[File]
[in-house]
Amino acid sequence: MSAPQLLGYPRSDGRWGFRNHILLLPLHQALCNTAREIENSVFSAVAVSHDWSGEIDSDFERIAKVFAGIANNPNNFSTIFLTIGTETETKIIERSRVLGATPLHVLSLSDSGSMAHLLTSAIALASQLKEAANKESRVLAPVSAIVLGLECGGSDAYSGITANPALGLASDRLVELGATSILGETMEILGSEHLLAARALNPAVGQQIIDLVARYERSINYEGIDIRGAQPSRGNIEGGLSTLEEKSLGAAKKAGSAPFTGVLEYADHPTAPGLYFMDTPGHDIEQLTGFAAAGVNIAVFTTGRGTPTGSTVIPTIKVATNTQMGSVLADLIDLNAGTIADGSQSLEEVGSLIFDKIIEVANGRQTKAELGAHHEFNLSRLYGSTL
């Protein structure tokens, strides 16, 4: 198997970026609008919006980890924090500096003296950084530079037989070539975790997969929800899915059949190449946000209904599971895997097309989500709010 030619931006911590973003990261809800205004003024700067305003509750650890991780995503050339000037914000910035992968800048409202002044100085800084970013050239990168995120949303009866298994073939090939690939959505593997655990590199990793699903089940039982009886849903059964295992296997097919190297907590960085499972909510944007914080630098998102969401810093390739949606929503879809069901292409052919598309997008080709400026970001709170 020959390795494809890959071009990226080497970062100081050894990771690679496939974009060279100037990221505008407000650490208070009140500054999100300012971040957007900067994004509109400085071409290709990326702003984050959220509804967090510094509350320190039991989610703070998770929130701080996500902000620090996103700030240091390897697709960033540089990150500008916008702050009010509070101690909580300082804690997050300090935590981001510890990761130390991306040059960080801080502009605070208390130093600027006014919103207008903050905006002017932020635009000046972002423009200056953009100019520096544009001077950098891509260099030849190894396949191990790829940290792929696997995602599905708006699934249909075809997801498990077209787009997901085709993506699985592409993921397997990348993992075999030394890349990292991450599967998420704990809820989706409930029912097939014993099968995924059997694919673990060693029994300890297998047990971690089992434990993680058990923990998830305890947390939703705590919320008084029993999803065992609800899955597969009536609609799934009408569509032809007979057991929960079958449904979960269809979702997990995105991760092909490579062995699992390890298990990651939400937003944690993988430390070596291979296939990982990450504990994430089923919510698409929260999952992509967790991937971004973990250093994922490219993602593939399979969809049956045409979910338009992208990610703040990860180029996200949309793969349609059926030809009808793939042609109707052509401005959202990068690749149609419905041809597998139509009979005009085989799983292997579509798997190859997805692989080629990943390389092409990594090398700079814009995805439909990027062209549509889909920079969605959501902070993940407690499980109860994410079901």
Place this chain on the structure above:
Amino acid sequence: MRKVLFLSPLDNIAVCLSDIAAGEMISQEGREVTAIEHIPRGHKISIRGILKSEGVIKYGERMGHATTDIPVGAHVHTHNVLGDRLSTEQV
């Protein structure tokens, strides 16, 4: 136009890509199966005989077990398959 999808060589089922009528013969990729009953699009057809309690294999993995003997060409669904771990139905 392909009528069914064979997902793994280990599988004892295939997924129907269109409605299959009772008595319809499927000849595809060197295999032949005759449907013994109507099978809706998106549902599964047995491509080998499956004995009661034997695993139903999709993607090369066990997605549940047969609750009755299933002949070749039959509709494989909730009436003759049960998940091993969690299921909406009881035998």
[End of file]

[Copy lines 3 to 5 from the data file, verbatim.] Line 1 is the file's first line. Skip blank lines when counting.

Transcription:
């Protein structure tokens, strides 16, 4: 198997970026609008919006980890924090500096003296950084530079037989070539975790997969929800899915059949190449946000209904599971895997097309989500709010 030619931006911590973003990261809800205004003024700067305003509750650890991780995503050339000037914000910035992968800048409202002044100085800084970013050239990168995120949303009866298994073939090939690939959505593997655990590199990793699903089940039982009886849903059964295992296997097919190297907590960085499972909510944007914080630098998102969401810093390739949606929503879809069901292409052919598309997008080709400026970001709170 020959390795494809890959071009990226080497970062100081050894990771690679496939974009060279100037990221505008407000650490208070009140500054999100300012971040957007900067994004509109400085071409290709990326702003984050959220509804967090510094509350320190039991989610703070998770929130701080996500902000620090996103700030240091390897697709960033540089990150500008916008702050009010509070101690909580300082804690997050300090935590981001510890990761130390991306040059960080801080502009605070208390130093600027006014919103207008903050905006002017932020635009000046972002423009200056953009100019520096544009001077950098891509260099030849190894396949191990790829940290792929696997995602599905708006699934249909075809997801498990077209787009997901085709993506699985592409993921397997990348993992075999030394890349990292991450599967998420704990809820989706409930029912097939014993099968995924059997694919673990060693029994300890297998047990971690089992434990993680058990923990998830305890947390939703705590919320008084029993999803065992609800899955597969009536609609799934009408569509032809007979057991929960079958449904979960269809979702997990995105991760092909490579062995699992390890298990990651939400937003944690993988430390070596291979296939990982990450504990994430089923919510698409929260999952992509967790991937971004973990250093994922490219993602593939399979969809049956045409979910338009992208990610703040990860180029996200949309793969349609059926030809009808793939042609109707052509401005959202990068690749149609419905041809597998139509009979005009085989799983292997579509798997190859997805692989080629990943390389092409990594090398700079814009995805439909990027062209549509889909920079969605959501902070993940407690499980109860994410079901």
Place this chain on the structure above:
Amino acid sequence: MRKVLFLSPLDNIAVCLSDIAAGEMISQEGREVTAIEHIPRGHKISIRGILKSEGVIKYGERMGHATTDIPVGAHVHTHNVLGDRLSTEQV